Texting and Driving Statistics

You don’t have to go to Youtube to watch auto accidents that are caused by texting and driving. As you drive down the road, simply look out your window.

Chances are you’ll be able to spot someone who is driving distracted with a cell phone in their hand. Not only is texting and driving dangerous for the one using their phone, it makes the roads more dangerous for everyone else.

Texting and driving statistics cannot be ignored — it is dangerous. If you’ve gotten in a bad habit of using your phone while driving, or need some evidence to backup a loving suggestion to friends and family to put their phones down, here are the stats to share…  

The National Highway Traffic Safety Administration reported that distracted driving claimed nearly 3,500 lives in 2015. Of those distractions, they say that texting is the most alarming. Distracted driving can be defined as taking your eyes off the road, taking your hands off the wheel, or taking your mind off of driving.

The danger of cell phone usage while driving is that it involves all three types of distracted driving.

It may not seem like you’re putting much in jeopardy by glancing down at your cell phone, but according to the NHTSA, taking your eyes off the road and looking at your phone for five seconds while going 55 mph means that you’re essentially driving the length of an entire football field with your eyes closed.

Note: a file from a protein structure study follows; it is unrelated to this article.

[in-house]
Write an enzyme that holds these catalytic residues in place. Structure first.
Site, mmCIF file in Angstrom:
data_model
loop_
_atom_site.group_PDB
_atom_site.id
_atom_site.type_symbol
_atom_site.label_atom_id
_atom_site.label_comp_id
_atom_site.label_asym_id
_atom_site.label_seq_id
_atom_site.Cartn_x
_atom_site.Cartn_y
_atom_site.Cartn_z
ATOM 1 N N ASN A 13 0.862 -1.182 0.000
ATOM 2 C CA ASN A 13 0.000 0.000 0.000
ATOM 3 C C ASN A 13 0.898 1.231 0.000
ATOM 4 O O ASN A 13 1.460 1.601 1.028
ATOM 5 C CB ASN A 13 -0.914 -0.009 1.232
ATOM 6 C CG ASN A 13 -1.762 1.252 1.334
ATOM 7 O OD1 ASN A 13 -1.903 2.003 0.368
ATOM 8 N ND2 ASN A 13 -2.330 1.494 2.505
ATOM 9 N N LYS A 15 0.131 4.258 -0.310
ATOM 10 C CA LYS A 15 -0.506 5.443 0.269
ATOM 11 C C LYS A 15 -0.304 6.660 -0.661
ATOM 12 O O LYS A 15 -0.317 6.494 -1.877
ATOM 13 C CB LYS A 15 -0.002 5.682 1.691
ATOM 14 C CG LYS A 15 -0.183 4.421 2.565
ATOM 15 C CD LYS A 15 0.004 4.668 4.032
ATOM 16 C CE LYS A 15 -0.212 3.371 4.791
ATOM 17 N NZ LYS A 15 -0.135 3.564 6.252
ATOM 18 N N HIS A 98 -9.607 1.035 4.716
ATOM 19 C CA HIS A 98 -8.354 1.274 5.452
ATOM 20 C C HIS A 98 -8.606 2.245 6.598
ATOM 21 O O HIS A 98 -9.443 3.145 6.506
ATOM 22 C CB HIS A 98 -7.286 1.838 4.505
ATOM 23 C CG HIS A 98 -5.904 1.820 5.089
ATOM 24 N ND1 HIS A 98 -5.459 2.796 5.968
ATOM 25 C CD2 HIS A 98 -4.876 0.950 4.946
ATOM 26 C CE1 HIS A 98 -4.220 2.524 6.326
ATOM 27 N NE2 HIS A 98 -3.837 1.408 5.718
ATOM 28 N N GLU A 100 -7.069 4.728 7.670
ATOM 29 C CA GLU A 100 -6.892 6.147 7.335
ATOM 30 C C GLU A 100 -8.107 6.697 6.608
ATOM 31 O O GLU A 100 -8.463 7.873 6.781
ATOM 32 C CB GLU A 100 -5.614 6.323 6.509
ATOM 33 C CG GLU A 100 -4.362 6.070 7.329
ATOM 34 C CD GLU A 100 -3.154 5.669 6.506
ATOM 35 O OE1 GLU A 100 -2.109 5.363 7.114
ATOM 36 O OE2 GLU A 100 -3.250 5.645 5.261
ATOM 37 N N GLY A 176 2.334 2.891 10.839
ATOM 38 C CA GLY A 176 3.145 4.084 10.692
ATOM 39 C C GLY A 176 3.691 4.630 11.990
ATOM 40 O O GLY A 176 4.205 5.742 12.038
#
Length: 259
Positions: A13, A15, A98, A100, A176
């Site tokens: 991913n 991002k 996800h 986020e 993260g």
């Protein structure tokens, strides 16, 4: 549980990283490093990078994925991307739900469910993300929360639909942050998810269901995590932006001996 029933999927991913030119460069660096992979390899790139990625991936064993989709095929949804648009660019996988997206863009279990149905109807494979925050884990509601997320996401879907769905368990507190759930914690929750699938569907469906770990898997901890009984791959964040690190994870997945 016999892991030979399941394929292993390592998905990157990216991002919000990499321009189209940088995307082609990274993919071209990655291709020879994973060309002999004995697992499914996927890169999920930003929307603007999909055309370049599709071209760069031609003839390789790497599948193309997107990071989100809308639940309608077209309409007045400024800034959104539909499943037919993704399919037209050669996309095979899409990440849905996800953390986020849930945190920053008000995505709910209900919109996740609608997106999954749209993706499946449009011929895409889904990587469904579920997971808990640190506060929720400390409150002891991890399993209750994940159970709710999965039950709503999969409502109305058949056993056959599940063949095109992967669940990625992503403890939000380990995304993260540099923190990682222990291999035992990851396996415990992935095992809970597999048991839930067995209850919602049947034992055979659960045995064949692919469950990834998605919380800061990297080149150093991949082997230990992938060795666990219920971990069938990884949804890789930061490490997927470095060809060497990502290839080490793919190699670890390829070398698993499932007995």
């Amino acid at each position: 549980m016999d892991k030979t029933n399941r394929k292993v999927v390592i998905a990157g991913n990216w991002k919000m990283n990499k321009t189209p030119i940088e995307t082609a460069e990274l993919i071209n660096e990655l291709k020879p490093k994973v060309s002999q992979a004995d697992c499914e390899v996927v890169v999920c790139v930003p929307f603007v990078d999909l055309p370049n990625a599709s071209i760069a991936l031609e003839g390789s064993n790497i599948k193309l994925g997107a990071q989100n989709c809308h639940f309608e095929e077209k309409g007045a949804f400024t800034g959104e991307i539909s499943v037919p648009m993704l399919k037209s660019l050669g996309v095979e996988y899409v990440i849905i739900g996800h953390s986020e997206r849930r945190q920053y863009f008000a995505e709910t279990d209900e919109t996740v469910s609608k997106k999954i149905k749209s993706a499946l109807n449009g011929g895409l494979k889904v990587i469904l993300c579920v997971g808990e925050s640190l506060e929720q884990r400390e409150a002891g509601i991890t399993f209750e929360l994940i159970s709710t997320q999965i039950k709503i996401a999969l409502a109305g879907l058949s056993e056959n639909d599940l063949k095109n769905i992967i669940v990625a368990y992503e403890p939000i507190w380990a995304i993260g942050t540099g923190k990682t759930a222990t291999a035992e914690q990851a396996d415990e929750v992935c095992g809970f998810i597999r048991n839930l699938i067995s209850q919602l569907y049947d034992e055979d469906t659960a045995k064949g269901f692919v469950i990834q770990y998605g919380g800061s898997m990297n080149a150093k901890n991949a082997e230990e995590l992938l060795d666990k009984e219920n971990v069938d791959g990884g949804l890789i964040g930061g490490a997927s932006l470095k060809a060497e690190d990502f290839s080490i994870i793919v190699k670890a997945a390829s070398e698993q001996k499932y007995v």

Whether you are distracted by a cell phone, changing the radio station, talking to a friend in the passenger seat, or eating while driving, you are putting yourself and others at major risk unnecessarily.

Don’t think distracted driving accidents happen very often? Think again. Every day in the U.S. nine people are killed, and more than 1,000 are injured in crashes involving a distracted driver, according to the CDC. Those who are more at risk for distraction-related deadly crashes are those under the age of 20.

It just so happens that the CDC’s Youth Risk Behavior Surveillance System also reported that in 2015, 42 percent of high school students who drove in the past 30 days sent a text or email while driving.

Those who reported frequent texting while driving were also less likely to wear a seatbelt, ride with someone who had been drinking, or were more likely to drink and drive themselves.

These are just a few of the statistics on texting and driving. The bottom line is, it is dangerous. Stay safe and put your phone away while driving, and encourage others to do the same.

If you or someone you know has been in an auto accident, you probably have a lot of questions like, how to deal with a car accident, should you get a police report, and whether or not you need an accident lawyer.

To help you avoid this panic and confusion, it is important to find a printable auto accident checklist and keep it in your vehicle at all times. Get familiar with resources like Geico for reporting an accident.

Next, have a lawyer in mind that you can trust to help you navigate insurance companies, other drivers involved, and the law. Cockayne Law will fight for you no matter how big or small your case is. Contact them after an auto accident for your free consultation.